One of my Big Serious Goals for 2023 is to become more socially connected and make more really good friends in my new city, where I hope to be for some time to come, so I’ve been doing a lot of reading about what seems to be making this harder in recent years. This leads naturally to a bunch of related topics, like why our kids and teenagers seem to be more unhappy on average lately, why the Internet and social media are becoming less of a positive in people’s lives, and so on. And I’m becoming convinced that one thing lies behind most of our recent social and informational problems.
“One thing” might be a bit of an exaggeration, because it’s not one specific cause but one idea, taken in a bunch of different directions at once by different people and products. I’m also not claiming that this idea is the entire cause of any issue I discuss, merely that it is a significant and often underappreciated contributing factor. But there’s still this one fundamental idea. That idea is commodification of attention – that is, a system of organizational, psychological, and financial innovations that enables one to make money and/or curry favor by simply convincing people to spend time looking at things, usually virtual ones. Any value provided to the viewers or to society by the things is secondary, and the value can even be negative, so long as the promulgator can (even momentarily) convince people they would feel good to look at. Unfortunately, humans have proven to be quite vulnerable to having their attention manipulated.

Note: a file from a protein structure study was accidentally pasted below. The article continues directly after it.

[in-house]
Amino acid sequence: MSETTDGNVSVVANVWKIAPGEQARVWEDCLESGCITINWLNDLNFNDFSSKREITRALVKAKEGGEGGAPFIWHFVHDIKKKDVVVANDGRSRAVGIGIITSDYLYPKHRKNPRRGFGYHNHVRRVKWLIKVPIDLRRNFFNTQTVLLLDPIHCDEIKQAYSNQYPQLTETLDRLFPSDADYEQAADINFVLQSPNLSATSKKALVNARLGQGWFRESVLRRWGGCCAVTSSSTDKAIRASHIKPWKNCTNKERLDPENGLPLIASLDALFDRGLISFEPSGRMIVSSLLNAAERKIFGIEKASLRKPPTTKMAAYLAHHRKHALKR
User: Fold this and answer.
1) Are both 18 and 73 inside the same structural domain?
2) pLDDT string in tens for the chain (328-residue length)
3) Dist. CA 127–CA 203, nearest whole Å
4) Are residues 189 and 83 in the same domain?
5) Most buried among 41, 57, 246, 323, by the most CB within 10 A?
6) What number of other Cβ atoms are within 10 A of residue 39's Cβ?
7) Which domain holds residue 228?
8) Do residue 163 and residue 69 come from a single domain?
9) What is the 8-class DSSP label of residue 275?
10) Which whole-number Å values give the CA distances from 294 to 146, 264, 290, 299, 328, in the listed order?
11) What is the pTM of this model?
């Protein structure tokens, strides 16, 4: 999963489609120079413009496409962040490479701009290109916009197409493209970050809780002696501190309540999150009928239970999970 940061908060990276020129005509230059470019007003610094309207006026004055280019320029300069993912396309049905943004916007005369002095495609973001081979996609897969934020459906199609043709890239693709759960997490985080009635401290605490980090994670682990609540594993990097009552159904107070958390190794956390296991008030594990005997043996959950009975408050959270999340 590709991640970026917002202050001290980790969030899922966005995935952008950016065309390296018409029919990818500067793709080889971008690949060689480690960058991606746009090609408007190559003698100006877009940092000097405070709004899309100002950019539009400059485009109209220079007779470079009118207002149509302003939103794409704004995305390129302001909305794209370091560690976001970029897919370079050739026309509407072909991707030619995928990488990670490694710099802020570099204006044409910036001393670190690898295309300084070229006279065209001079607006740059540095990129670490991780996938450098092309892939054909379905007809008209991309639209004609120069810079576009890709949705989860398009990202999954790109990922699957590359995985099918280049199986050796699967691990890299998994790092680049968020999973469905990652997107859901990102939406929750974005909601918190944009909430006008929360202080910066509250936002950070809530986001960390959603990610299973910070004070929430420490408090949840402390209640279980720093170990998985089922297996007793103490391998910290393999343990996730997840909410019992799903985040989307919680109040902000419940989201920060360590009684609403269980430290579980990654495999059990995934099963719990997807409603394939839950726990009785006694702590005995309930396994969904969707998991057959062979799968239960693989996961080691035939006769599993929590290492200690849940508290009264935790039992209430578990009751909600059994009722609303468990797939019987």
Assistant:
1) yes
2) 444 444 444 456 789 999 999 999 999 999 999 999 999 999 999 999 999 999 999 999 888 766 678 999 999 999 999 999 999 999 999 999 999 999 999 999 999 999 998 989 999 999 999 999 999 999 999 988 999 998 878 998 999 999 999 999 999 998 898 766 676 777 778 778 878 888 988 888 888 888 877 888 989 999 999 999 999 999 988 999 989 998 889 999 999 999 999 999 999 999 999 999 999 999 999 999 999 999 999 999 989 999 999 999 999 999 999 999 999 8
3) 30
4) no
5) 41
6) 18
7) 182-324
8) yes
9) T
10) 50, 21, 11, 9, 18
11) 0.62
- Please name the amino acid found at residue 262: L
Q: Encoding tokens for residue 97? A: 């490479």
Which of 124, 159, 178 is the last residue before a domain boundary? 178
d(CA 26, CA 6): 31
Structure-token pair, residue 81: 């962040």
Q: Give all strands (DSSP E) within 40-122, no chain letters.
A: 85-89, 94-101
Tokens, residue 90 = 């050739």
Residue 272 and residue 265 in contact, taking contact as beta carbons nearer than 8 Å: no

Let’s get the flavor by starting with something less emotionally fraught that most of us have likely noticed in recent years: why are Google search results getting worse?